CMDR Aldarion 3TwoAlpha profile > Logbook

Commander name:
Current ship:
honest tuck [AL-27A]
(Asp Explorer)
Member since:
Oct 30, 2018
Distances submitted:
Systems visited:
Systems discovered first:
9,988,941,911 Cr
Empyrean Straits 5kly to 6 kly East of Explorers Anchorage: An area of space, where finding Black Holes with each jump is possible

The space at the position approximately 6kly East of Explorer’s Anchorage showed the highest density of Black Holes I ever saw: it is common knowledge that finding Black Holes in certain areas of the sectors surrounding the Galactic Centre is very likely and I found some in these regions before. But the area I investigated in this part of space presented one or multiple Black Holes, Neutron Stars and or White Dwarfs in systems way less apart from each other than the maximum jump range of my ship. Often, I saw a combination of more specimen of these stars in one system. I might have mapped at least 50 Black Hole systems in this area and there is an unknown number of even more systems with Black Holes. Navigating from Black Hole to Black Hole caused an erratic course in this part of space; the following image shows the approximate location of the area I describe.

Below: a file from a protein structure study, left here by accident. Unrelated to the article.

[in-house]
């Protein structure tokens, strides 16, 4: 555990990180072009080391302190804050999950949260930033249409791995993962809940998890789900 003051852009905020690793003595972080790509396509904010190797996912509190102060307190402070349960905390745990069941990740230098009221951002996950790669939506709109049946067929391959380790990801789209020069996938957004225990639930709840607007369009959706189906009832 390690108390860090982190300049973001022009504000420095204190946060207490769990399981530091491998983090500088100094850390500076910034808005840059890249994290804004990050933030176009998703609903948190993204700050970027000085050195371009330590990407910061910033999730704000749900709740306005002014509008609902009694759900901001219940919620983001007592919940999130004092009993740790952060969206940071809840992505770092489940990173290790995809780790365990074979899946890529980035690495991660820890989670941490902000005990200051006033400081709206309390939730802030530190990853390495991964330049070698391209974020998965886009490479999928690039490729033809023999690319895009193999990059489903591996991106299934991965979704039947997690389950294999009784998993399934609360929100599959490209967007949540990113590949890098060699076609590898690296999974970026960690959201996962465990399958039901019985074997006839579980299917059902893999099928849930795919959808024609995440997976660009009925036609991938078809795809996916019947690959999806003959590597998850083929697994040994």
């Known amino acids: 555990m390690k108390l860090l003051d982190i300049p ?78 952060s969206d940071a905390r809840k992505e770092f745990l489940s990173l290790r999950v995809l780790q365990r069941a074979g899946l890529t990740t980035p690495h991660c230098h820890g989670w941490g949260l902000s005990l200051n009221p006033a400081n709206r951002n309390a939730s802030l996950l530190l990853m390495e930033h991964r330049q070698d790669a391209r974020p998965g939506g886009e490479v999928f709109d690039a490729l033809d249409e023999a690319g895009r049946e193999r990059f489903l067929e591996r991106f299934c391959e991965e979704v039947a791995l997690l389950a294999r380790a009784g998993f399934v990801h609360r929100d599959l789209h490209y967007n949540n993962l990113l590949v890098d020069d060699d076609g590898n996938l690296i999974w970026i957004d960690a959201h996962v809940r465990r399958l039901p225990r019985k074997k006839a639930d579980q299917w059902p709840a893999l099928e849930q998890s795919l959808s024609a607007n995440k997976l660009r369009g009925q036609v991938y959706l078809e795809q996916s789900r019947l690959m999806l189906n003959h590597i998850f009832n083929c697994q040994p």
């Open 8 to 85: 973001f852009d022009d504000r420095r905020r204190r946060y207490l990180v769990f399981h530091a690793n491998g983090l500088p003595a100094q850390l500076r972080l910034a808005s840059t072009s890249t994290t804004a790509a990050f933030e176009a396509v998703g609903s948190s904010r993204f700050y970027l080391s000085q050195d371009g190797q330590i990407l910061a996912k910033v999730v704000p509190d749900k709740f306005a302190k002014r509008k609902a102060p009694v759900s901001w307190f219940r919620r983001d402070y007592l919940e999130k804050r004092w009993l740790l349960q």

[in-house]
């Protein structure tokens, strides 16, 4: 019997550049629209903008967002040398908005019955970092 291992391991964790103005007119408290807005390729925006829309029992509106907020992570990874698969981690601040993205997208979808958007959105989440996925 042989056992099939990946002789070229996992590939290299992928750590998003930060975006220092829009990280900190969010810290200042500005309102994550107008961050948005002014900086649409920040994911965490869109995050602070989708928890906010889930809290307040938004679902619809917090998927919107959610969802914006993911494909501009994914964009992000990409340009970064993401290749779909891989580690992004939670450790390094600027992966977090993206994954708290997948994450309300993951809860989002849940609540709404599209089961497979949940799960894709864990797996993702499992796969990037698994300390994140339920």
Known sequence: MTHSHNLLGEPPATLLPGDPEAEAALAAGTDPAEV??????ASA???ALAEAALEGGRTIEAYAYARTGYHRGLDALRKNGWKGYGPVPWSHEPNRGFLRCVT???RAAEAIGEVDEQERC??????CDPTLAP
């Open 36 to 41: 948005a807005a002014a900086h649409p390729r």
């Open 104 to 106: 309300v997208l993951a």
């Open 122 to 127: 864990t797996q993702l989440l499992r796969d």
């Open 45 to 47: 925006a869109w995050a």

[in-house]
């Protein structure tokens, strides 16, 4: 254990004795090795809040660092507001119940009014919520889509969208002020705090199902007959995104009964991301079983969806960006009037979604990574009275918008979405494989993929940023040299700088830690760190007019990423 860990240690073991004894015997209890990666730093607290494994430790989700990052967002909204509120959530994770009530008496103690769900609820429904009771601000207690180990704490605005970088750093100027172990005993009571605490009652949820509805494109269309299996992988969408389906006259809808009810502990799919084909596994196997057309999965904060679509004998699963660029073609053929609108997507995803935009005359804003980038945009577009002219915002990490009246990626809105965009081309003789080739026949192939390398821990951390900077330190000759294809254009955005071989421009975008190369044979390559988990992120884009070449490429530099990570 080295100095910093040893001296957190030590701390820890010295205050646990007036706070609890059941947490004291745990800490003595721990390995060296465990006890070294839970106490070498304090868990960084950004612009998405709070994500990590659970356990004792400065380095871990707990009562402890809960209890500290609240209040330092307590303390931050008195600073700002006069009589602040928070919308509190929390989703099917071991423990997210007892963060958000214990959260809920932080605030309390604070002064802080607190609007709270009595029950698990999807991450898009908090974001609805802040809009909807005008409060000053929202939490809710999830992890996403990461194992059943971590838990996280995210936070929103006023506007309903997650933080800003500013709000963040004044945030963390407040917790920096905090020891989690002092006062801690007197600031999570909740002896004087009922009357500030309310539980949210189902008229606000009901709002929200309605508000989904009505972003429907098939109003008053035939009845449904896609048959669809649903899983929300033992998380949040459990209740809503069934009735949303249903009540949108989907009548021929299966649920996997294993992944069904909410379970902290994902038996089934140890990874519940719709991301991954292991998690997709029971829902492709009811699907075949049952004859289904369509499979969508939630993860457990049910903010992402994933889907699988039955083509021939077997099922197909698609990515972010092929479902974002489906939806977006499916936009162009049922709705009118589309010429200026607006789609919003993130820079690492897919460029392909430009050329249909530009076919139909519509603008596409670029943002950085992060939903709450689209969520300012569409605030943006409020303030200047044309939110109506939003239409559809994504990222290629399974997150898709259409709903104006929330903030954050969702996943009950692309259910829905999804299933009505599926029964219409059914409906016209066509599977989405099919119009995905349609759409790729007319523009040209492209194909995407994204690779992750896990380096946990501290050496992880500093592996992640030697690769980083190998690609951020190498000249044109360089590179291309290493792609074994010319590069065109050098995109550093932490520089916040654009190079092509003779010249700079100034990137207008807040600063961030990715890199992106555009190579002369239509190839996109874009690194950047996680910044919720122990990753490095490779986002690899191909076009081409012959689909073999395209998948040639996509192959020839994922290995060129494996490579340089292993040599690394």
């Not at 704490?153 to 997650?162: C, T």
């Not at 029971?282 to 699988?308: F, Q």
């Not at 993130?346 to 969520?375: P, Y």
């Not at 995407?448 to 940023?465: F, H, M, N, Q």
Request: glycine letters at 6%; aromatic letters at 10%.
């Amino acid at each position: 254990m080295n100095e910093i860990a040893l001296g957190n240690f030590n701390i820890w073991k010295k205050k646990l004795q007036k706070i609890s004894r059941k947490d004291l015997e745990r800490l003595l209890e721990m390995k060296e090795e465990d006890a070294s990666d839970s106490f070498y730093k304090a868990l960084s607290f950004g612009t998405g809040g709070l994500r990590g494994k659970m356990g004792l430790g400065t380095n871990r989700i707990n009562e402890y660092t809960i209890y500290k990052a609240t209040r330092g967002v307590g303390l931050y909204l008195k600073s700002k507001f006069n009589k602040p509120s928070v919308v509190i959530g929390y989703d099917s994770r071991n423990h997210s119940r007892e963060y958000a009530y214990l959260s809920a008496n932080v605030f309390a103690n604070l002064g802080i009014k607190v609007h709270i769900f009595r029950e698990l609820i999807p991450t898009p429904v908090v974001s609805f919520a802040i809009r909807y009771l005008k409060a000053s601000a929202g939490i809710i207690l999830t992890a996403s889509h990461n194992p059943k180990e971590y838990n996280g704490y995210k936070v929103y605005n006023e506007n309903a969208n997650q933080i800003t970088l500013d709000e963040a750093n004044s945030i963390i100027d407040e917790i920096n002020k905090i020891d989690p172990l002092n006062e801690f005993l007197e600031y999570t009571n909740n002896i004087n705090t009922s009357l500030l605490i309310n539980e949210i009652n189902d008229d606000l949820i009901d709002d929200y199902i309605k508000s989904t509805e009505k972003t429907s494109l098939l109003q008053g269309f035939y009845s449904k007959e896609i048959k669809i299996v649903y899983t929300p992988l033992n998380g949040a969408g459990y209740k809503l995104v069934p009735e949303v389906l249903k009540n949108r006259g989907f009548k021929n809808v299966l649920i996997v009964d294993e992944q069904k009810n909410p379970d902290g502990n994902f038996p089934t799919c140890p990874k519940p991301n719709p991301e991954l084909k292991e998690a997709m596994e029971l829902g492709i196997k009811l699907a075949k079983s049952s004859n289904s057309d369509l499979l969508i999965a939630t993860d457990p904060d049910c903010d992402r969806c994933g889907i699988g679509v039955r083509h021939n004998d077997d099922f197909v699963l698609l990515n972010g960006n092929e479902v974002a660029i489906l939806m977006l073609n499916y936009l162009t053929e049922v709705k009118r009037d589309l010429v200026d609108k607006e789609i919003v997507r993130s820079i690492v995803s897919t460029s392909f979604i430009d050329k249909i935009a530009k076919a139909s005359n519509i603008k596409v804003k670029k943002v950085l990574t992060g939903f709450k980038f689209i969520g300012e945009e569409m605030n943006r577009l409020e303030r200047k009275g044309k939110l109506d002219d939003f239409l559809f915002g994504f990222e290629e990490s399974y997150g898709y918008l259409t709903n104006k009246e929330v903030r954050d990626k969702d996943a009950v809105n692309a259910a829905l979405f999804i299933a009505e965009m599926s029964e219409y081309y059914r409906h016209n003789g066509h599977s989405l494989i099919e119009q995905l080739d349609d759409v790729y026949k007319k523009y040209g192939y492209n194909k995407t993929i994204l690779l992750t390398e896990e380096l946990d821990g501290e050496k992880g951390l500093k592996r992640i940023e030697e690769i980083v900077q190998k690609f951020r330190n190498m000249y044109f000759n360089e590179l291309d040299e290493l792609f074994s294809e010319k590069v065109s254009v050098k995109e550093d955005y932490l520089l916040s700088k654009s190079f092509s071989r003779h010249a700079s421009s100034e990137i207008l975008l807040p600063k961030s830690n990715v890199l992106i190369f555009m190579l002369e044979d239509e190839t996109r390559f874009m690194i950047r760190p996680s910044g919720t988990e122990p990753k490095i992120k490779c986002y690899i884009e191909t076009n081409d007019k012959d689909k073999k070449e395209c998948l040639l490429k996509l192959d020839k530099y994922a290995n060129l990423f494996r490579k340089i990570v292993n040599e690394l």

enter image description here

Remark: According to my system map information no-one ever did enter one of the systems I was investigating; I guess this part of space might be worth some more exploration.

A small part of the erratic course I followed by jumping from Black Hole to Black Hole looks like this: